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Crowther Prunes and Custard Harmonic Generator Intermodulator

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Guitar and Bass Magazine 2006 overall pedal of the year, this harmonic generator-intermodulator combines distortion with odd-order harmonic overtones.

The Prunes & Custard is a two-stage circuit. There is a preamp stage ,  
the gain of which is adjusted with the Drive control.
This stage is followed by a special waveshaping distortion circuit. There is some treble roll-off between the preamp and the special distortion circuit.

The frequency at which this treble roll-off happens can be changed with the  Guitar/Bass switch.  
The special distortion stage produces strong harmonic overtones, mostly odd harmonic.
Higher harmonics are progressively introduced with increased Drive  
settings and signal level, so a decaying bass guitar note can sound  
like a mean swept filter.
Playing double notes, like 4ths or 5ths can produce some strong  
intermodulation effects, rather like a ring modulator, but more  
musical, albeit more distorted!
The Mix control is a balance between the preamp stage output, (CCW)   
and the special distortion stage output (CW).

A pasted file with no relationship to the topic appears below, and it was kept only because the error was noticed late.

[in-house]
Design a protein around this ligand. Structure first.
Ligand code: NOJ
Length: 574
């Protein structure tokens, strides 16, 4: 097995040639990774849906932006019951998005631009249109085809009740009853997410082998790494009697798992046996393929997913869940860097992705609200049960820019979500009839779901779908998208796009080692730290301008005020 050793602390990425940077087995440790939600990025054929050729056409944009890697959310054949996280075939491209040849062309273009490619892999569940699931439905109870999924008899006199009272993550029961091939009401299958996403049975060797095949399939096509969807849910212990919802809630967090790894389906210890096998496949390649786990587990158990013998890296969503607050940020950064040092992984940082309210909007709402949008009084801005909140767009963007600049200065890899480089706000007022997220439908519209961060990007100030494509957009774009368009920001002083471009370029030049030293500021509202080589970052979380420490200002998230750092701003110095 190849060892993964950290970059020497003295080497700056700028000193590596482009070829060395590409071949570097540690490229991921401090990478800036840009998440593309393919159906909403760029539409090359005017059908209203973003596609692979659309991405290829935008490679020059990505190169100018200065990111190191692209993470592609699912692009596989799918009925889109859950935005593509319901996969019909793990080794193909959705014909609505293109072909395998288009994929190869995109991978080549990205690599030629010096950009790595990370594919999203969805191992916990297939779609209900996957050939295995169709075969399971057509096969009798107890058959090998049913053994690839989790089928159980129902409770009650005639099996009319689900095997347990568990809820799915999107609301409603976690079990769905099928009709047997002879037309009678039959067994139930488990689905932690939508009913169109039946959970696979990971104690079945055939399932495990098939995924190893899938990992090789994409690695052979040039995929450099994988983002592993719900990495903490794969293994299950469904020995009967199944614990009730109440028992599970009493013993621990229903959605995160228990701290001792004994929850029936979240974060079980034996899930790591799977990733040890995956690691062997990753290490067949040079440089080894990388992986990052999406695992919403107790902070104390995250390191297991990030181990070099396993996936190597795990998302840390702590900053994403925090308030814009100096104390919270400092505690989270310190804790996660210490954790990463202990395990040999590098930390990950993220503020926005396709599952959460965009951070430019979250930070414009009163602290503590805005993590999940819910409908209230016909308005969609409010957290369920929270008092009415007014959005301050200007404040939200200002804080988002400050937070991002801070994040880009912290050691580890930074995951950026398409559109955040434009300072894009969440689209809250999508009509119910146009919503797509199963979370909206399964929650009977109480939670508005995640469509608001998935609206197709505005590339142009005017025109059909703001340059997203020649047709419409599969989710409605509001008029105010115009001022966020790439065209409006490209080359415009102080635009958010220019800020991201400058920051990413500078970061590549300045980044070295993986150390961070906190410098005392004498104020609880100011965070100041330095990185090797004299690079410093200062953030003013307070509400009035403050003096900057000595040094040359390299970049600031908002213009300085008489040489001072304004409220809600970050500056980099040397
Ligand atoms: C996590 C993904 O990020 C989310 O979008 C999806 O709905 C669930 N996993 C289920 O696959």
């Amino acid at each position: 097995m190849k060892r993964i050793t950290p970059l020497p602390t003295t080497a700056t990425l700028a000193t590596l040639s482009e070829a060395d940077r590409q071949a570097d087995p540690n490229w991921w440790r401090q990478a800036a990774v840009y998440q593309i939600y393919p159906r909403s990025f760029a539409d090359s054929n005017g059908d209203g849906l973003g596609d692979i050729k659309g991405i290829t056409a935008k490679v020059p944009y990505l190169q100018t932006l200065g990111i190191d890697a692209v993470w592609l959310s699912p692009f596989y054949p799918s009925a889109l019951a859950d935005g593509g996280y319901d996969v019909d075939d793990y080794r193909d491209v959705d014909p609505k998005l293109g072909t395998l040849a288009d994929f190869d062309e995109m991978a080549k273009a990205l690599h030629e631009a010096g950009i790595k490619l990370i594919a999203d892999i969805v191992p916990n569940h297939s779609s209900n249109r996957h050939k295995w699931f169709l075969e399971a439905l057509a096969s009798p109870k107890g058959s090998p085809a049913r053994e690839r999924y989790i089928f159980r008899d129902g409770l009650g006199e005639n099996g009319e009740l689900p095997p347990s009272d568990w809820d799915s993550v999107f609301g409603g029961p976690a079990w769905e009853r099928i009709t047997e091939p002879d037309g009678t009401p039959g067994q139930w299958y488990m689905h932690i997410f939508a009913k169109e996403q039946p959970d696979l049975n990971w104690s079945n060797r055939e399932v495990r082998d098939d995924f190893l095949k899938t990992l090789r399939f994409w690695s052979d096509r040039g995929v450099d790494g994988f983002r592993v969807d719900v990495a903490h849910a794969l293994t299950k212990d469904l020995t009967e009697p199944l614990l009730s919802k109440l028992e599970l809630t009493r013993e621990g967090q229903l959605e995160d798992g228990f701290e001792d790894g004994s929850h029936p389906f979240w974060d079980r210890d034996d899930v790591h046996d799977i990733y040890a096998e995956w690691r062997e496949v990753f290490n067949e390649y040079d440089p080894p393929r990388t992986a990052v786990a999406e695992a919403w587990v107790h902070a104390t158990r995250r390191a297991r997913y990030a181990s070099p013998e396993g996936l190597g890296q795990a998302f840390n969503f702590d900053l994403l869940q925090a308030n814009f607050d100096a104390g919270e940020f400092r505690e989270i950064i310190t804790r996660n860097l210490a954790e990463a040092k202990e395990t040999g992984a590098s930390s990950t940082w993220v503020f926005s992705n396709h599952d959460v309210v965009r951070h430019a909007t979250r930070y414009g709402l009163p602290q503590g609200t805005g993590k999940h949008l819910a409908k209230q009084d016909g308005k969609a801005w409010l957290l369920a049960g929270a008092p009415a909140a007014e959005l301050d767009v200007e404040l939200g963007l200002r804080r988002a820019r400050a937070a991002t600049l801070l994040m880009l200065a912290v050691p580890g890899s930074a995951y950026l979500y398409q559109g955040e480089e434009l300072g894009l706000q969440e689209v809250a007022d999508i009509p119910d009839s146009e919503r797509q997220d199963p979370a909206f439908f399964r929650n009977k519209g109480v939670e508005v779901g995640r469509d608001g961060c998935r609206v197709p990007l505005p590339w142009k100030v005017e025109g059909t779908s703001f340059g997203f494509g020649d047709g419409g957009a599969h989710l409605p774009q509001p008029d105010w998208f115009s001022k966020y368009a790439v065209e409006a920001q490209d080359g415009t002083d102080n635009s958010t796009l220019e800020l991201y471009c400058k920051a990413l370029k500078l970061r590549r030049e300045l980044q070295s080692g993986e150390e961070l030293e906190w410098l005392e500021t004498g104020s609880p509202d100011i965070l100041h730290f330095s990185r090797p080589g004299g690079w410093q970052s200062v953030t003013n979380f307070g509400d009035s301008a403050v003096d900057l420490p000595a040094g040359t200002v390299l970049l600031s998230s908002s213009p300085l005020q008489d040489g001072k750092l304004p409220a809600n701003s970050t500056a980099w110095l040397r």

For bass guitar, the Mix control would usually be set at around 10 to 12 o’clock.
 For guitar, a high  Mix setting, along with reduced Drive can give some rather pleasant overdrive effects.
Where the  Drive and Mix controls are set are set to higher settings,  the sound can become all harmonics, with very little fundamental signal, and in some situations may sound a bit thin, especially for bass guitar, but setting the Lo Freq.contour switch to the right takes some low frequency from the Preamp side of the Mixcontrol and mixes it back with the special distortion side.
 When used as an effect in a live mixing or recording situation, the P&C can be driven from a spare aux send or channel direct out and  
returned to a spare input channel. In this situation the Mix control  
would be set to maximum, and there is the added flexibilty of being  
able to apply EQ to the distortion effect, and to use it dynamically  
within a mix. This is quite useful for (yet another) overdriven snare sound, and for toms. To avoid things getting too out of hand, inserting a noise gate on the return, and maybe keying it from the send signal can be a useful idea.


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